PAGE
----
Of course. I don’t know about for other people, but I know for me, I mean, I had material for all those years and certainly wasn’t anywhere near up to par. I think it takes a long time to find your voice. A really long fucking time to figure it out. And plus, I don’t know, I guess it’s different for everyone, but it’d be hard to tap into a really honest place when you’re really young….And how brave you are. Because that’s the other thing. The only things I like to listen to are things where risks are being taken. I think that’s the only thing that pushes you to the next place, when you do things that are out of your comfort zone.

Stern didn’t emerge out of nowhere at the age of 30; instead, she devoted countless hours over a period of years to an intense and serious exploration of who she was as a guitarist, songwriter, and creative person. She was unsatisfied with the the work she was producing when she was younger, and also felt that she hadn’t yet “found her voice.” If she’d attempted to make a go at a music career in her early twenties, she would have lacked both the self-knowledge and the technical skill that play significant roles in making her music so successful now that she’s in her thirties.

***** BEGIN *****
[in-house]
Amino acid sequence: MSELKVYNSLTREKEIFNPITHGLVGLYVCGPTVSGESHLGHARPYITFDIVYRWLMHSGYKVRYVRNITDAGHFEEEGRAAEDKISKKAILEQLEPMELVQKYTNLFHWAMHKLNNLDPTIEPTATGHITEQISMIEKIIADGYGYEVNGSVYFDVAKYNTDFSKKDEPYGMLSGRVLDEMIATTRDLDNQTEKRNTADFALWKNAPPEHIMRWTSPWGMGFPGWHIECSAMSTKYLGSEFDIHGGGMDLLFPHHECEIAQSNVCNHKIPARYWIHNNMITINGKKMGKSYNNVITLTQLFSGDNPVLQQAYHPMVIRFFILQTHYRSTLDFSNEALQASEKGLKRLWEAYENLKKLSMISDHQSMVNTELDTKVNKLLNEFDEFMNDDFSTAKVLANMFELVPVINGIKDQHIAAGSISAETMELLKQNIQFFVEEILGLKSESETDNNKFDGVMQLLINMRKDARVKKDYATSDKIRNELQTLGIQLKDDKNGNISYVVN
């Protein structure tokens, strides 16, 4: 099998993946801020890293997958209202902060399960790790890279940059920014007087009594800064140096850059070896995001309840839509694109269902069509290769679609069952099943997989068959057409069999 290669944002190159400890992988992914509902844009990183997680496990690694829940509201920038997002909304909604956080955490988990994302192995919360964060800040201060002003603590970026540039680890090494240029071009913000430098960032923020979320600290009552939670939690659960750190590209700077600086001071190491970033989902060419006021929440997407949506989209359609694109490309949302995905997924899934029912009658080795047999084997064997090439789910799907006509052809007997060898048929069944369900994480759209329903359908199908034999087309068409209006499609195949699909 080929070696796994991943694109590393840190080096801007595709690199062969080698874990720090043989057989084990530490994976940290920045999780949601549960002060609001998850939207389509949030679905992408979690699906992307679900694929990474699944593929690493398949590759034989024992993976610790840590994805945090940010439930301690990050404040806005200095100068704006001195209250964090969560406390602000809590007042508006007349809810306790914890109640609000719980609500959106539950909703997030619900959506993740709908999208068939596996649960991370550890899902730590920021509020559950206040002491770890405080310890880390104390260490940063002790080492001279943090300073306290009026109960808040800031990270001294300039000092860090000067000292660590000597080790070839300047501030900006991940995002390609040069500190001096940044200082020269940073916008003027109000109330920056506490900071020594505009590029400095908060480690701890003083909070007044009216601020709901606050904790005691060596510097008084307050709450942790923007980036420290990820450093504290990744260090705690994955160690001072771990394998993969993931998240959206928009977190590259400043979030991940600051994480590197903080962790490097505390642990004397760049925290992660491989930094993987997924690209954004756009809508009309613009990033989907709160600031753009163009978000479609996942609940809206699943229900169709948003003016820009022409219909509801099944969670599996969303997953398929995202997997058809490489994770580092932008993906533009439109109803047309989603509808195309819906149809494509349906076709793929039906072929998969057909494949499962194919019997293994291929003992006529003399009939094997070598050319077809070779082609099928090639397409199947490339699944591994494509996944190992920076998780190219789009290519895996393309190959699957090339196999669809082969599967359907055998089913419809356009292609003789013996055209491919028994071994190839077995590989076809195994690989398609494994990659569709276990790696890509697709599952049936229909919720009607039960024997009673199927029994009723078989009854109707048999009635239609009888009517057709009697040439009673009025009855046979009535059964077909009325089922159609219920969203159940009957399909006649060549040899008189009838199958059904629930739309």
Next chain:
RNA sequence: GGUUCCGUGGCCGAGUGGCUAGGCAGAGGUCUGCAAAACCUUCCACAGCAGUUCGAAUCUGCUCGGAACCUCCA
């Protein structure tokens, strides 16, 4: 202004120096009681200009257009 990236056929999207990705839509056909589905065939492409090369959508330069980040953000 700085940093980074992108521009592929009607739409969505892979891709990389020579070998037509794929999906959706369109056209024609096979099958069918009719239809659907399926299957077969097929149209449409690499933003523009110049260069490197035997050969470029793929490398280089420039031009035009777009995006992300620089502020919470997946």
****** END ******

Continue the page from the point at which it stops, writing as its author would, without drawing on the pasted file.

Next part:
Marnie Stern, This Is It....

Marnie Stern, "This Is It...."

In popular music, the norm is for an artist to follow a pattern of development that matches David Galenson’s description of a “Young Genius”—someone who, like Picasso, bursts onto the scene early in their 20s, and produces their greatest and most significant work in the years immediately following. Marnie Stern, on the other hand, would seem to be a closer match for Galenson’s “Old Master” category: artists who labor for years or decades to find their voices, and rarely enjoy their greatest accomplishments until much later in life.

For Galenson and Gladwell, it’s not just that “Old Masters” bloom later; rather, their entire approach to creativity is fundamentally different. In his New Yorker article, Gladwell establishes a contrast between the fiction writers Jonathan Safran Foer—who wrote his highly successful first novel, Everything Is Illuminated, at the age of 19—and Ben Fountain, whose debut story collection, Brief Encounters with Che Guevara, was published when he was 48. According to Gladwell, Foer writes quickly and passionately when inspiration takes him, and finds it difficult to comprehend how a writer could work doggedly at researching and re-working a piece of writing over a long period of time. Fountain, on the other hand, worked on his fiction for 18 years before he saw publication and success, and sees writing as a slow and laborious process of careful thought and self-discovery. Fountain, in fact, will sometimes write as much as 500 pages of drafts in order to produce a single short-story. Much like Stern, Fountain’s success did not depend on a burst of youthful energy, but instead on many years of devoted research, reading, exploration, and hard work.